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What Are The Causes of Greed?

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 To understand, what are the causes of greed?

 We first have to understand how greed came about early in our history. Individuals have always had the basic need for food, shelter, clothing, and security. Since the earliest times, man has tried to ensure that they obtain these needs. When we successfully have secured those needs, we worry about the future.

   What if the situation changes, and we lose access to those essential requisites?

 Unfortunately, it was challenging to have spare food, shelter, clothing, or security, especially if you are nomadic as society developed and our needs and wants developed people started to specialize in producing different commodities.

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 If “George” who grew potatoes had an excess of potatoes; and “Fred” who grew carrots had a surplus of carrots, they might decide to barter carrots for potatoes. As this trade became more complex, money was invented to make the system more flexible.

 Humanity had now changed from a simple lifestyle where a man strove to gather the essentials of life to one where they strove to make money, so they could buy the essentials they needed and keep money back to provide them in the future. In early times, once you had provided yourself with food, shelter, etc. there was little point in working much harder, as you only need one house, and food would go off if you stored it too long.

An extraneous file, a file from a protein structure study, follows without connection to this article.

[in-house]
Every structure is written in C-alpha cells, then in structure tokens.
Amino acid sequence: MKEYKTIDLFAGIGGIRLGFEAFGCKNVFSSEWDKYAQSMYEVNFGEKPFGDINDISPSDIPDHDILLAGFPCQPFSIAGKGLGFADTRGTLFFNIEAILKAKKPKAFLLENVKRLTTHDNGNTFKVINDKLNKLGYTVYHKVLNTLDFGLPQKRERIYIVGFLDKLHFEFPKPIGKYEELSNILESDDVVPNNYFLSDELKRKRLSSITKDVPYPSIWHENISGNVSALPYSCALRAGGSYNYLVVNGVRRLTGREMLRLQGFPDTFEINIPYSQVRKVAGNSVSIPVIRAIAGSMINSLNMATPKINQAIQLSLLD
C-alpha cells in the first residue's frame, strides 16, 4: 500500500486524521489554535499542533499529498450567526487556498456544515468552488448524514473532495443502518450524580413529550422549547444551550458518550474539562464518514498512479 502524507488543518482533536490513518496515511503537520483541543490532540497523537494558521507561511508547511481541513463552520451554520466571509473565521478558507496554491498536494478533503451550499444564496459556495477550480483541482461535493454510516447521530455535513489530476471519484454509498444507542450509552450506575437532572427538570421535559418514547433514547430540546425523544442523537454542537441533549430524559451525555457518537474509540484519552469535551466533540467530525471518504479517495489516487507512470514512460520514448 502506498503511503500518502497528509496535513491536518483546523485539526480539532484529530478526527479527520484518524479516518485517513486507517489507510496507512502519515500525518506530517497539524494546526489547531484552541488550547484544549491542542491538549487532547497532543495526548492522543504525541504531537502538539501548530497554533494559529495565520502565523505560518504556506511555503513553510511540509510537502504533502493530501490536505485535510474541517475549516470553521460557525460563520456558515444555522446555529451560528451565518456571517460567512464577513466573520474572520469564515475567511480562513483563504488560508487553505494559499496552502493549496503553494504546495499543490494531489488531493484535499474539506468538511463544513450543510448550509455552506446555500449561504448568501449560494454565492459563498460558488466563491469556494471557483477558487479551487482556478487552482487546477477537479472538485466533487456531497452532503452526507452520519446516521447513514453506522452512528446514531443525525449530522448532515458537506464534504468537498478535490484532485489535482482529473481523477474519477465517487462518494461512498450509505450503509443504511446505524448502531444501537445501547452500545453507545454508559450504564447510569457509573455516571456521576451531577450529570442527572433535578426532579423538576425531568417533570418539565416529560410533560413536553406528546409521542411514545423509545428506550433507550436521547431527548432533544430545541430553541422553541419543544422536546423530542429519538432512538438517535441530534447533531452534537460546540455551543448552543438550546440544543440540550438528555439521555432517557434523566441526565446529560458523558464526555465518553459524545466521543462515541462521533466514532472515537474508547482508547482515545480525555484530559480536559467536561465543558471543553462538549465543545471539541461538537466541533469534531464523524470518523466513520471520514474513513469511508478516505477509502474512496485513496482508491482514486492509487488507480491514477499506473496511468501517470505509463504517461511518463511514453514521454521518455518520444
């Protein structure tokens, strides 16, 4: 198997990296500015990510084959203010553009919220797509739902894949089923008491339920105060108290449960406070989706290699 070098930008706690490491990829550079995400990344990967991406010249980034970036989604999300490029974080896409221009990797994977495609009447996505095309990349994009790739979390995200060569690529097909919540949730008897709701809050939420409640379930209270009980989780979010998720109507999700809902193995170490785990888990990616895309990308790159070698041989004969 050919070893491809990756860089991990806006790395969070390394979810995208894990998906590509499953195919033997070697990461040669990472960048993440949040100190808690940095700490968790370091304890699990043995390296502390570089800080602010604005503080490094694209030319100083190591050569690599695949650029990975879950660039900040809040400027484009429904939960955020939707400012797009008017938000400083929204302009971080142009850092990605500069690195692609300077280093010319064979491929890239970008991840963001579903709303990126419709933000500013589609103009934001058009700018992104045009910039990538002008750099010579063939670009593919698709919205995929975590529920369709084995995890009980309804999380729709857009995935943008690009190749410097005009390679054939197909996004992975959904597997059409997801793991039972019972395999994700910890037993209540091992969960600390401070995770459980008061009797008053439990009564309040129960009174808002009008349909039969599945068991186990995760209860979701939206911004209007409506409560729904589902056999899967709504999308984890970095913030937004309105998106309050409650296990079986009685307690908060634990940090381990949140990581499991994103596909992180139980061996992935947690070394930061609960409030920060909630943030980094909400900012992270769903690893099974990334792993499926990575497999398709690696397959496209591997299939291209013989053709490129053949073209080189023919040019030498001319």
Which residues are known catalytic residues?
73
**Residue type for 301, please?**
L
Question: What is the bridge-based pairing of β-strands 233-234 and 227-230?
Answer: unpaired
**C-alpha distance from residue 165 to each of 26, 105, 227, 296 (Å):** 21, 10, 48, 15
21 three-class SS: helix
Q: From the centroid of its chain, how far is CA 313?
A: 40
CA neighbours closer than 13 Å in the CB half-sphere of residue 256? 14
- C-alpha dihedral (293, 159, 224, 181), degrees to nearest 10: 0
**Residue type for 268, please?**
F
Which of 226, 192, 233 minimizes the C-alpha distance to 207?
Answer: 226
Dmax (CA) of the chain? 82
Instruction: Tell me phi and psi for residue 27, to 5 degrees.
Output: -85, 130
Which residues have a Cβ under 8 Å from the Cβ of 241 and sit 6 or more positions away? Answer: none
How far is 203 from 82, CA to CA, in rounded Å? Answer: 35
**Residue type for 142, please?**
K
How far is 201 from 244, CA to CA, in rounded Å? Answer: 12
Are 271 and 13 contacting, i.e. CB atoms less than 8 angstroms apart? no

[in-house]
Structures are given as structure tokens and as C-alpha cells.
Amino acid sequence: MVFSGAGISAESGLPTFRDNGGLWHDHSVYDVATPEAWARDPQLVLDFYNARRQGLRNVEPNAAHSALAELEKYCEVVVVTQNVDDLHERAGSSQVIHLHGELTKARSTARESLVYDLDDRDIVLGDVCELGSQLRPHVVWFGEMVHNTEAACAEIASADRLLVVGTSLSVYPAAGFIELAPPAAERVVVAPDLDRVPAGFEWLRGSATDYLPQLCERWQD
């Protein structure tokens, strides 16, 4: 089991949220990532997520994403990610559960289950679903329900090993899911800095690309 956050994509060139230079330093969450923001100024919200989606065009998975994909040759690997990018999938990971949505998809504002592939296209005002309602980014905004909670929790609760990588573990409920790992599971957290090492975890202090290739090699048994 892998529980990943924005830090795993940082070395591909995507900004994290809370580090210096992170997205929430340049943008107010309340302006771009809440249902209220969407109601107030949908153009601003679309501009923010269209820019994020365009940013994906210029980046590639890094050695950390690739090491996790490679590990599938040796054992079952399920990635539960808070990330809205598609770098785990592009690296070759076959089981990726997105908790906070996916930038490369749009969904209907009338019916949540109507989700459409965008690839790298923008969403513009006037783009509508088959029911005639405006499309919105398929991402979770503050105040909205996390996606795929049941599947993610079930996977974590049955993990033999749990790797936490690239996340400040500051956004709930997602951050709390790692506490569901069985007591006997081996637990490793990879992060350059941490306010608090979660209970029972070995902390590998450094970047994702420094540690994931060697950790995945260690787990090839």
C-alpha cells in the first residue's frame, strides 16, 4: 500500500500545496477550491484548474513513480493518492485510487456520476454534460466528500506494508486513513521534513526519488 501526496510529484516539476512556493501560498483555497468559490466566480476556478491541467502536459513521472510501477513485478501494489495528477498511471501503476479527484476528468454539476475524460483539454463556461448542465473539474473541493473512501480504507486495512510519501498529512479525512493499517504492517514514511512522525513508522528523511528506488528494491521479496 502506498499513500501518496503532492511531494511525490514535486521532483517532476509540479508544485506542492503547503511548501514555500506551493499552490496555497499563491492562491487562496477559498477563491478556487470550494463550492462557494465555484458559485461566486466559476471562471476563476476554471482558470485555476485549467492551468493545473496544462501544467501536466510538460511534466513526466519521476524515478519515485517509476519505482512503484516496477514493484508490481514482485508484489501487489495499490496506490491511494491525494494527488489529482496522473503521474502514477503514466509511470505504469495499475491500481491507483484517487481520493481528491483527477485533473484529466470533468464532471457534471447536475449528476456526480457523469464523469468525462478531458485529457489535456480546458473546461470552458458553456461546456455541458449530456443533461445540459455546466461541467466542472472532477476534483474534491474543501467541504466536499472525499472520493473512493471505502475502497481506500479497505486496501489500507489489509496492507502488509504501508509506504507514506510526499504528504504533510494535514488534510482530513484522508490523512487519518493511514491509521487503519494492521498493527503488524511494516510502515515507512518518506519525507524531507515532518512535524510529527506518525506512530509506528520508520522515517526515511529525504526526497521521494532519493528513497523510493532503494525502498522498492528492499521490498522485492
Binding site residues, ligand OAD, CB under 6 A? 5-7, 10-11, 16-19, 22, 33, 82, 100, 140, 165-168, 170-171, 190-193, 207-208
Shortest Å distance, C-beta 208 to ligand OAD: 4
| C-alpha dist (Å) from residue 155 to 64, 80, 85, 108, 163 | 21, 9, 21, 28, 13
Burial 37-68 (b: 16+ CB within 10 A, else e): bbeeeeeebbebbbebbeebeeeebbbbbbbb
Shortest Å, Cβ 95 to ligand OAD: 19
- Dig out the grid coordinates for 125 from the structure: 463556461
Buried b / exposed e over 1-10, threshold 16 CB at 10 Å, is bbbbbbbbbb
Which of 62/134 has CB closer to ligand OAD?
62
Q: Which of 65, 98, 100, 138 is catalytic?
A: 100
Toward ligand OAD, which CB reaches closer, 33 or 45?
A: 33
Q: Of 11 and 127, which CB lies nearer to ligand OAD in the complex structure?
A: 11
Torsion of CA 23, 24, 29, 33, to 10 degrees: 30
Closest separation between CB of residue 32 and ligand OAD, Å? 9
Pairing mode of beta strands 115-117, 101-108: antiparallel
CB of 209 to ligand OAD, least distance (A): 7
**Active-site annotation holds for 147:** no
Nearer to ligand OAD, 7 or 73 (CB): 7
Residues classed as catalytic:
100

But once you were able to swap any excess for money, why not work even harder to get more money?

 Greed had been born.

 Males have an inbuilt biological need to pass on their genes to the next generation. If someone had gathered a lot of money (representing security, food, shelter), he found he had the pick of the best females. The females have an inbuilt biological need to ensure that their children are well-fed, secure, and safe. Money now had a new dimension, and it became even more essential to acquire it.

 Over time the brightest humans realized that with money, they could hire less able humans to work on their farm and so the farm could be much larger than before when he had to work it alone. The larger the farm, the more products it would produce, and the more money those goods would generate.

Handsome man sits in an exclusive chair

 This became a cycle where the more workers he employed, the more income and the greater ability to take on more land and more workers until eventually money no longer represented food, shelter, security, etc., but was an end to itself.

 This continued for many years until it became clear that there was a limit to the amount of land, with the richest claiming ever-increasing slices of the land. Parallel to this developed a culture of serfdom, where the poorest had little choice but to work for just enough resources to survive. The richest becoming wealthier and wealthier.

 Then came the Black Death plague, which decreased the number of serves to such an extent that there were not enough workers to service the large estates. The rich were forced to start to pay wages, and the serfdom system fell apart. The massive reduction in population leads to much lower demand for food, and prices dropped, again hitting the rich.